How to choose your wood heater.
How to choose your unit? What heaters in Australia provide a cost-effective and environmentally friendly way to heat your home? Taking the time to understand how a wood heater works and assessing your heating requirements will ensure you have the right amount of heat and a correctly operating unit.
There are two basic types of wood heaters in Australia, radiant and convection heaters. Radiant heaters heat like the sun, they radiate heat in all directions and are excellent for large open areas. A convection heater heats up the air in and around the unit and circulates it around the house by fan force convected airflow. Convection heaters are best for moving warm air up hallways and into other rooms.
The First step is to work out the space you require to heat, measuring the area will give a starting point for your requirements, but it’s not the only factor to keep in mind. Make sure you know the size of the room or all the rooms you want to heat, as well as the ceiling heights. The level of insulation within your house will greatly affect heating requirements. Most modern houses have the wall and roof insulation making them a lot more efficient, however, older style houses can be less insulated causing heat to leak from the house. Widow glazing and furnishings are also important to calculate the amount of heat loss from the dwelling, double glazing and heavy window furnishings will greatly increase the house’s efficiency to contain heat. Windows without curtains and blinds will leak warmth via heat transfer through the glass.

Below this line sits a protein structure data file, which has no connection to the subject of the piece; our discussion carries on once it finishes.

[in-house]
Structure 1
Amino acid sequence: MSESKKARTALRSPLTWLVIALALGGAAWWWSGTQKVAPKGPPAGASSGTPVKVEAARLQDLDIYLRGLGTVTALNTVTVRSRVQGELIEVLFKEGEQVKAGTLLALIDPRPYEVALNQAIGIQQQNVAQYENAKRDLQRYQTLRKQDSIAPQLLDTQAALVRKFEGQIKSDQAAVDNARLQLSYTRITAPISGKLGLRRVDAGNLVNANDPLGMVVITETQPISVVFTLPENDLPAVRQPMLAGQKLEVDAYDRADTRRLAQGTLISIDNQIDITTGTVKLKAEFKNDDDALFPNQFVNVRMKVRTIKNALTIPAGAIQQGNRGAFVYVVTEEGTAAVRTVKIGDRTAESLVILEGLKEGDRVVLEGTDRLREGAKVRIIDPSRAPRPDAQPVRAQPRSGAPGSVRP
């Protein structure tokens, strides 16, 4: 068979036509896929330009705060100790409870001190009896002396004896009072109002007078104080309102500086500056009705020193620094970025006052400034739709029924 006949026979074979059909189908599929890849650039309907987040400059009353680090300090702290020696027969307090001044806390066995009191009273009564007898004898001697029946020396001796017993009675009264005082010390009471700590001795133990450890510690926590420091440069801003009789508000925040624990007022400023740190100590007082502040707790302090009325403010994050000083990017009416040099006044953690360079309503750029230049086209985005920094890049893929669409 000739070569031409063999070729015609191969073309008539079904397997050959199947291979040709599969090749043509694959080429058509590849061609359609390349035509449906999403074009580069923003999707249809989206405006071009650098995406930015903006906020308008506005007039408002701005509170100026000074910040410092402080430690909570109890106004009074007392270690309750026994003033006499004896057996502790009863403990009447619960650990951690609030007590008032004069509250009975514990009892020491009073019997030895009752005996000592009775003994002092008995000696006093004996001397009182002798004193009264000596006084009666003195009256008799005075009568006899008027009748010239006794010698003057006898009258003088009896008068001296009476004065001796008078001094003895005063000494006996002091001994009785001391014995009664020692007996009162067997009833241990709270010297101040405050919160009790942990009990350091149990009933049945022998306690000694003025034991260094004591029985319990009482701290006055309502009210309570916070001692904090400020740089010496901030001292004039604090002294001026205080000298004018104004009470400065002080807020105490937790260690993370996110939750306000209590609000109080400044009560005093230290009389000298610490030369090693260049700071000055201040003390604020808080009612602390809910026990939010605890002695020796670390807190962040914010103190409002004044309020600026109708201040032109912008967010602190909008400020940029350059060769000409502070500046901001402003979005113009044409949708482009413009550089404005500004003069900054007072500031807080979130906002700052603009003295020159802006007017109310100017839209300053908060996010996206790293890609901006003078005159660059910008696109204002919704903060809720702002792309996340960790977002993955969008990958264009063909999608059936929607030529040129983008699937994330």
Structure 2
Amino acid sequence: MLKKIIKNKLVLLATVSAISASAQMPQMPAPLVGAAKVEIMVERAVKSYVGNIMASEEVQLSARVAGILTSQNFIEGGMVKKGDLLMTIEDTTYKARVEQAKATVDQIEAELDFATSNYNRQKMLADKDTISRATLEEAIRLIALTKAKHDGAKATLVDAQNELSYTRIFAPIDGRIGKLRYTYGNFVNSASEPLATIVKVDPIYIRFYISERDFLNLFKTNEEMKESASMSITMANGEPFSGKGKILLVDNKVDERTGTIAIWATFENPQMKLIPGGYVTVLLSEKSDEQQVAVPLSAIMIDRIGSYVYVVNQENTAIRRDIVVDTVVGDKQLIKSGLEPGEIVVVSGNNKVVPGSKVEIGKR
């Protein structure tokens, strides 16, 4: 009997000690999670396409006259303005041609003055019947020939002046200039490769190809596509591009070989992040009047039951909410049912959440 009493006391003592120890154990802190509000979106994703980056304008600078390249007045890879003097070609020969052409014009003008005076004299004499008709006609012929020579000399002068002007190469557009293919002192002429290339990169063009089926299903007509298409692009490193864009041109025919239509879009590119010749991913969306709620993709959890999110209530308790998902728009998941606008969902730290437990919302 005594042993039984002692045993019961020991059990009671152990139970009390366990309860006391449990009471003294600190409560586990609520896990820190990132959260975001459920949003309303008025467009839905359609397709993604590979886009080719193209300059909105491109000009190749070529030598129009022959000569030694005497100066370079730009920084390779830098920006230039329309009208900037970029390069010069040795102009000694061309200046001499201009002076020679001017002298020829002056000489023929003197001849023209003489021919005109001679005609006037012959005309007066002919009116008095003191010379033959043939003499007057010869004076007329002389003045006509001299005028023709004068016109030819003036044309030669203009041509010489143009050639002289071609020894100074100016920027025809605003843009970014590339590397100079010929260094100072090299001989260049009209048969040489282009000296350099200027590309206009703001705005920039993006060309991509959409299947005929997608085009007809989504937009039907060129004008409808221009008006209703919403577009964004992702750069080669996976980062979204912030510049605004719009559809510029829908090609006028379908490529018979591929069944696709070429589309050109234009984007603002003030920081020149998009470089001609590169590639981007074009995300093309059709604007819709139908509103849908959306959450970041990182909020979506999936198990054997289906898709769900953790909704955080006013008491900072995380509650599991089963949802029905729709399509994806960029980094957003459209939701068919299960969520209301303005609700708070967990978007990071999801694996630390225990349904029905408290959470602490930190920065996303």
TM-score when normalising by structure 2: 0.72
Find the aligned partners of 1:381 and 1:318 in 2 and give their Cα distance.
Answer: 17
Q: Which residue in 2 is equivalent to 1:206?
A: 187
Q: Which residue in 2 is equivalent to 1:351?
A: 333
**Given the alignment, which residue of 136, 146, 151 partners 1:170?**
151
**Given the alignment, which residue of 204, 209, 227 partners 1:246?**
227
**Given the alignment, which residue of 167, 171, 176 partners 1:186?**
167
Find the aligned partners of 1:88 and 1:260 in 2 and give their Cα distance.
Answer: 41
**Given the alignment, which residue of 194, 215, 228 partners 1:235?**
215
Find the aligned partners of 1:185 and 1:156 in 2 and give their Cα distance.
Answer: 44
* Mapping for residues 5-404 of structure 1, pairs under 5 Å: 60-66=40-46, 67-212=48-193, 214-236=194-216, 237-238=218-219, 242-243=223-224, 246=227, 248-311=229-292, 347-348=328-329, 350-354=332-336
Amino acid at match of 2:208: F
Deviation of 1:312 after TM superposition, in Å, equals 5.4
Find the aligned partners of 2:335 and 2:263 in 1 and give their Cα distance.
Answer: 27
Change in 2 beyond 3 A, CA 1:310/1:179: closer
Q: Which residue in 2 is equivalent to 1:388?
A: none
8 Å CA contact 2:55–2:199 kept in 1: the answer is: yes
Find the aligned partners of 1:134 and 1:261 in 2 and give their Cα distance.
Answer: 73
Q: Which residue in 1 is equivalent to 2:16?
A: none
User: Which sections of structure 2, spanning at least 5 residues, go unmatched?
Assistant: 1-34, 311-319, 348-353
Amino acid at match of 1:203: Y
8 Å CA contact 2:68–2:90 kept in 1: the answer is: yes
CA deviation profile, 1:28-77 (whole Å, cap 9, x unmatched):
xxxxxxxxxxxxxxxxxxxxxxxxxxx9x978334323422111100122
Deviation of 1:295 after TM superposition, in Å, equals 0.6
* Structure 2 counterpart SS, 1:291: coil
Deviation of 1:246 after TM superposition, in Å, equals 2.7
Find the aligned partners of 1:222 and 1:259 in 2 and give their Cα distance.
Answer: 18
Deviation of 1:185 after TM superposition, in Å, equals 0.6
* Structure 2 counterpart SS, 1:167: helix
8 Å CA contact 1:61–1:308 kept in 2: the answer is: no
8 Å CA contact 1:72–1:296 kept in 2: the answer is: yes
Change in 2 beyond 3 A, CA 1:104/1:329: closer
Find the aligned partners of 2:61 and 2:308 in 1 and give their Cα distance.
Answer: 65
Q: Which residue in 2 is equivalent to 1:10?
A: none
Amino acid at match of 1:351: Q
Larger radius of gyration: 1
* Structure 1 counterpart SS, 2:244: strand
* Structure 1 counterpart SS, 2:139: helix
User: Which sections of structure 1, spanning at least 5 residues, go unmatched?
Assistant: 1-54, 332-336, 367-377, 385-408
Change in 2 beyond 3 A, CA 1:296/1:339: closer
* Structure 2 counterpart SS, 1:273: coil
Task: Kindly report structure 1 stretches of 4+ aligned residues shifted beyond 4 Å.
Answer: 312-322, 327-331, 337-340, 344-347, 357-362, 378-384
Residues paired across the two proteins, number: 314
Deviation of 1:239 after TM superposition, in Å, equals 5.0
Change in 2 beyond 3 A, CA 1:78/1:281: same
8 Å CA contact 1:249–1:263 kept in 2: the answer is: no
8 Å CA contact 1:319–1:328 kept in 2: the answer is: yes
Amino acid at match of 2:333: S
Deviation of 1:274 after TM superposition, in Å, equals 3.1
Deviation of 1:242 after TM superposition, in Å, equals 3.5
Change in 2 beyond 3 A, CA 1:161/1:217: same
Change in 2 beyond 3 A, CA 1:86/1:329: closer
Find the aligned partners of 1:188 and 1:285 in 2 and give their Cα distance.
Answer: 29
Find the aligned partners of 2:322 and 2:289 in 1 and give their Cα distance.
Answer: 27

The style and layout of your house will also affect the unit’s ability to distribute heat. Factors to consider include split level and double story houses and where you locate your fire in the house for better heat distribution, the more central the location of your fire the better. The geographic location of your house is also important colder climate areas to the South of Australia will have a greater demand than warmer northern climates. Placing greater demand on your unit.
Having the correct size unit in your house will ensure the unit can operate correctly. An under-capacity unit means you’ll run the risk of having to over fuel the heater to have enough heat. Oversizing can lead to the unit needing to be closed down all the time creating inefficient burns, dangerous creosote build-up in the flue and excess smoke.
Find the Australian Home Heating Association video here.